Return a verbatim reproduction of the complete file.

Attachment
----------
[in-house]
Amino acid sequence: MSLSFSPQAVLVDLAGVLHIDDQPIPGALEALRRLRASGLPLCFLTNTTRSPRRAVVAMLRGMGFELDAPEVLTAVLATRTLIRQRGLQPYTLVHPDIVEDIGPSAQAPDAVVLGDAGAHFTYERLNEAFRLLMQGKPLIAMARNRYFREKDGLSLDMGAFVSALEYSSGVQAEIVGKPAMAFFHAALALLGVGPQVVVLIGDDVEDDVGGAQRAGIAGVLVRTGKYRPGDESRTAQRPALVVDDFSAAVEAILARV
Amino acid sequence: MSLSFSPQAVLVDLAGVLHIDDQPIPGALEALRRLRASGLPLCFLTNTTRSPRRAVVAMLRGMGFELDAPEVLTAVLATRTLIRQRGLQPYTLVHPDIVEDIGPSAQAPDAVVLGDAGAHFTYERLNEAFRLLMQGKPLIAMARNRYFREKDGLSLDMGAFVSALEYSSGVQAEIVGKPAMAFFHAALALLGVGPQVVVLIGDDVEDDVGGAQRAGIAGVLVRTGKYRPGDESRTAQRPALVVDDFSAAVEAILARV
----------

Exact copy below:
[in-house]
Amino acid sequence: MSLSFSPQAVLVDLAGVLHIDDQPIPGALEALRRLRASGLPLCFLTNTTRSPRRAVVAMLRGMGFELDAPEVLTAVLATRTLIRQRGLQPYTLVHPDIVEDIGPSAQAPDAVVLGDAGAHFTYERLNEAFRLLMQGKPLIAMARNRYFREKDGLSLDMGAFVSALEYSSGVQAEIVGKPAMAFFHAALALLGVGPQVVVLIGDDVEDDVGGAQRAGIAGVLVRTGKYRPGDESRTAQRPALVVDDFSAAVEAILARV
Amino acid sequence: MSLSFSPQAVLVDLAGVLHIDDQPIPGALEALRRLRASGLPLCFLTNTTRSPRRAVVAMLRGMGFELDAPEVLTAVLATRTLIRQRGLQPYTLVHPDIVEDIGPSAQAPDAVVLGDAGAHFTYERLNEAFRLLMQGKPLIAMARNRYFREKDGLSLDMGAFVSALEYSSGVQAEIVGKPAMAFFHAALALLGVGPQVVVLIGDDVEDDVGGAQRAGIAGVLVRTGKYRPGDESRTAQRPALVVDDFSAAVEAILARV